Symphony Nova Scotia partners with star violinist Jonathan Crow and conductor Alain Trudel for concert of symphonic hits

Concert to feature blockbuster North American symphonic works, including Adagio for Strings and Appalachian Spring

Halifax, NS – Symphony Nova Scotia joins forces with star violinist Jonathan Crow and acclaimed Canadian conductor Alain Trudel on Thursday, November 24 at 7:30 pm at Halifax’s Rebecca Cohn Auditorium for a blockbuster lineup of North American symphonic hits.

“Colours, energy, comfort, and discoveries make up this program,” says conductor Alain Trudel. “It’ll be a little like watching a movie… but with ears!”

The concert begins with Canadian composer José Evangelista’s lighthearted Symphonie minute, and then features American composer Erich Korngold’s stunning Violin Concerto, performed by Canadian violinist Jonathan Crow.

Crow currently serves as Concertmaster of the Toronto Symphony, and after multiple appearances in Nova Scotia, both with Symphony Nova Scotia and the Scotia Festival, he’s become a Halifax audience favourite.

Media acclaim for Crow includes:

  • “Distinctive, commanding, steady… powerful.” – The Toronto Star
  • Violinist Jonathan Crow is a power player. His sound is full and rich with brightness in the high register that dizzies the ear… This performance was a brilliant tour de force resulting in several curtain calls and a standing ovation from a grateful audience.” – Stephen Pedersen, the Chronicle Herald

Crow is also very familiar with Korngold’s Violin Concerto, after stepping in at the last minute to perform it in an acclaimed concert with the Toronto Symphony in 2015.

“There is not a long list of musicians who can step in on short notice and play the Korngold piece,” wrote Martin Knelman, in the Toronto Star. “But one of them happens to be Jonathan Crow, the TSO’s concertmaster.”

This will be Symphony Nova Scotia’s first-ever performance of the Korngold Concerto, a lush, romantic work that’s been a popular hit since its debut in 1947.

“For me, getting to pay the Korngold concerto is like going back in time to the golden age of film, and having a chance to play some of the greatest movie scores of all time – all rolled into one amazing orchestral showcase!” says Crow.

“Korngold himself said that the concerto was written ‘more for a Caruso than a Paganini,’ and you can certainly hear that in the long, sweeping violin melodies. He sells himself a little short, though – the last movement has enough virtuosity to satisfy anyone who wants to hear some great violin pyrotechnics!”

Korngold was a European child prodigy who later became an Oscar-winning film composer, and his Violin Concerto includes themes from several of his film soundtracks, including 1936’s Anthony Adverse, 1937’s Another Dawn and The Prince and the Pauper, and 1939’s Juarez. During his career, Korngold also composed the scores for The Adventures of Robin Hood (1938), The Sea Hawk (1940), Captain Blood (1935), and many more.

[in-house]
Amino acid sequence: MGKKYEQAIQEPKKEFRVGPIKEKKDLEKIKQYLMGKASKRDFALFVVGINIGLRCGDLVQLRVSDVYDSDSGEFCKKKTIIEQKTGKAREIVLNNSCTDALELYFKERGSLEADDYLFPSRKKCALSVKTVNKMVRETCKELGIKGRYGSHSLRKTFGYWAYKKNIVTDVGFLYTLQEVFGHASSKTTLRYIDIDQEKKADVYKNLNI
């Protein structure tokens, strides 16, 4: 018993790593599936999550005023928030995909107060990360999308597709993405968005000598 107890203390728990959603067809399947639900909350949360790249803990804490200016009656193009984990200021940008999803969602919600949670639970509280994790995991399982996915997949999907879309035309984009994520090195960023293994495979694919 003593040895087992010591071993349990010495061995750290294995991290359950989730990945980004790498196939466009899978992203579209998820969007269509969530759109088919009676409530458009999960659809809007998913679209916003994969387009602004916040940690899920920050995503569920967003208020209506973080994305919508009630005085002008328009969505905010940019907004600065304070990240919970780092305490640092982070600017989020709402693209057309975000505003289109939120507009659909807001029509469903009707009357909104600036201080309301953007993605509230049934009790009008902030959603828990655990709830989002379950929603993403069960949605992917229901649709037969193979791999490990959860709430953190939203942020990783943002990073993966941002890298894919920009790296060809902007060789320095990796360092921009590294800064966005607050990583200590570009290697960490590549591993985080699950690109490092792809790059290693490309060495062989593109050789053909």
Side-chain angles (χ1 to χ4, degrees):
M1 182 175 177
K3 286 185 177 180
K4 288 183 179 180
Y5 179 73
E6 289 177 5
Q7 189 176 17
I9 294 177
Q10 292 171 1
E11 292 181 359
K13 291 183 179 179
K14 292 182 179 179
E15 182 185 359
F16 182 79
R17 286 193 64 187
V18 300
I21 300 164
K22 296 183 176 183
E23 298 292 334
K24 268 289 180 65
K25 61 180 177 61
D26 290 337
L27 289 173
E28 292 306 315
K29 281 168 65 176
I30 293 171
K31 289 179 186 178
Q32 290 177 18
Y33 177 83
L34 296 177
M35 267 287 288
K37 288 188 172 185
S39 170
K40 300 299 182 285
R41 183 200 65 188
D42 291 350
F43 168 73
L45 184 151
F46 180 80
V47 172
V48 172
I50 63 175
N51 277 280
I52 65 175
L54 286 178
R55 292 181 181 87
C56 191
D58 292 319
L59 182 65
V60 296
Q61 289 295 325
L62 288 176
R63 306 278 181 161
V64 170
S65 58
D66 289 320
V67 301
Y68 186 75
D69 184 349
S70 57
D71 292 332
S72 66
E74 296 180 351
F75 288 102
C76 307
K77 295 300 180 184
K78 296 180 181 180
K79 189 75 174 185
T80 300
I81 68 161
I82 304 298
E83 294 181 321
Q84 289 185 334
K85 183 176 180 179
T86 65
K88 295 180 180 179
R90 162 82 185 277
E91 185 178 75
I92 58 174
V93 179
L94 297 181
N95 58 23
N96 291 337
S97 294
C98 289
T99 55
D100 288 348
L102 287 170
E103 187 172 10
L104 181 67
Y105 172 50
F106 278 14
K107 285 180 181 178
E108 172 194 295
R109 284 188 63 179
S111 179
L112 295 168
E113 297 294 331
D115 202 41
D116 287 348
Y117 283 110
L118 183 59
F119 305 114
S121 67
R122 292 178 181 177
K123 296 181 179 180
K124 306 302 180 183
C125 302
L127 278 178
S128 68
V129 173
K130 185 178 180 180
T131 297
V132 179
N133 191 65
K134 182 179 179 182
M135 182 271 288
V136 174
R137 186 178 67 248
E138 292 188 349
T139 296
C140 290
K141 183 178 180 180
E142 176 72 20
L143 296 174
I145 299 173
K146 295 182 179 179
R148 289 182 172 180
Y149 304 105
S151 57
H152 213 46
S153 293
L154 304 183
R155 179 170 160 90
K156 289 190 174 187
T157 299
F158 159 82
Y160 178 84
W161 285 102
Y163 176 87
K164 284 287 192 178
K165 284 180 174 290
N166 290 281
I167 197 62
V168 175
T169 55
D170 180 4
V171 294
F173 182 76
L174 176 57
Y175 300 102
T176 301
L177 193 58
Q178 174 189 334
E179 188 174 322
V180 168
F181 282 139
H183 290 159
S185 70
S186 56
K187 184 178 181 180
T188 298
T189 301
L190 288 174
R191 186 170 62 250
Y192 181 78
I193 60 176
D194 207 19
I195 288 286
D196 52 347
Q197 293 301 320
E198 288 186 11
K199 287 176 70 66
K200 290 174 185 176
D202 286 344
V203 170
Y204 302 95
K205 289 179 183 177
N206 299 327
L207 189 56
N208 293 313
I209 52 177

“This concerto is one of my all-time favourites, and we’re performing it with one of my absolute favourite violinists,” says Trudel.

“To me, this concerto can be described as blockbuster movie soundtrack meets Mahler meet Heifetz meets the great tradition of the romantic violin concertos… What more do you want, really!”

The concert also includes Samuel Barber’s heart-wrenching Adagio for Strings, a stunning work that hasn’t been performed in concert by Symphony Nova Scotia for almost ten years.

The Adagio is “arguably the most often-heard work of classical music written in the last century,” says the New York Times. “If any music can come close to conveying the effect of a sigh, or courage in the face of tragedy, or hope, or abiding love, it is this.”

The concert’s grand finale will be Aaron Copland’s radiant Appalachian Spring, an instant and popular success that led to Copland winning the Pulitzer Prize in 1945.

Appalachian Spring brings us back to the place, language, and values of gratitude and simplicity – even though the orchestra parts are themselves challenging,” explains Trudel.

“In our crazy, fast-paced world, it’s good to take this moment to be grateful for the life that we all share together.”

Conductor Alain Trudel has performed with all of Canada’s orchestras, and is widely praised for his “immense talent as conductor, musician and performer” (La Presse). His last appearance in Halifax, with the Scotia Festival in 2009, was a critically acclaimed audience success.

During his time in Halifax, Trudel will also lead Symphony Nova Scotia’s “Baroque Fireworks for Brass” concert on November 26 and 27 at St. Andrew’s United Church, Halifax.

The full concert program for November 24 includes:

– José Evangelista: Symphonie minute
– Erich Korngold: Violin Concerto
– Samuel Barber: Adagio for Strings
– Aaron Copland: Appalachian Spring

This concert was originally scheduled to be performed by Symphony Nova Scotia in March 2015, but was cancelled due to a snowstorm. Tickets for this encore performance are very limited, so order today!

Single tickets begin at $30, and are $16 for under-30s (HST included). Or, you can save up to 35% by purchasing a ticket package. Tickets are available at the Dalhousie Arts Centre Box Office (6101 University Avenue, Halifax), at 902.494.3820, or online at

2015-03-19 American Symphonic Hits with Alain Trudel
About Alain Trudel, conductor

Praised by La Presse for his “immense talent as conductor, musician, and performer,” Canadian conductor Alain Trudel is Music Director of l’Orchestre symphonique de Laval and Principal Youth and Family Conductor of the National Arts Centre Orchestra. He is also Principal Guest Conductor of the Ottawa Symphony Orchestra, and has served as Principal Guest Conductor of the Victoria Symphony Orchestra, and Guest Musical Advisor for the Manitoba Chamber Orchestra. Trudel was also the CBC Radio Orchestra Conductor, taking the orchestra to new heights of artistic quality, as well as public and critical acclaim.

A frequent guest of the major orchestras in Canada, Trudel also appeared at the helm of orchestras in the U.K., U.S., Sweden, Italy, Russia, Japan, Hong-Kong, Kuala Lumpur, and Latin America. Highly appreciated for his collaborative spirit, he has worked with many world-famous artists including Ben Heppner, Anton Kuerti, Measha Brueggergosman, Herbie Hancock, Branford Marsalis, Alain Lefèvre, and Pinchas Zukerman.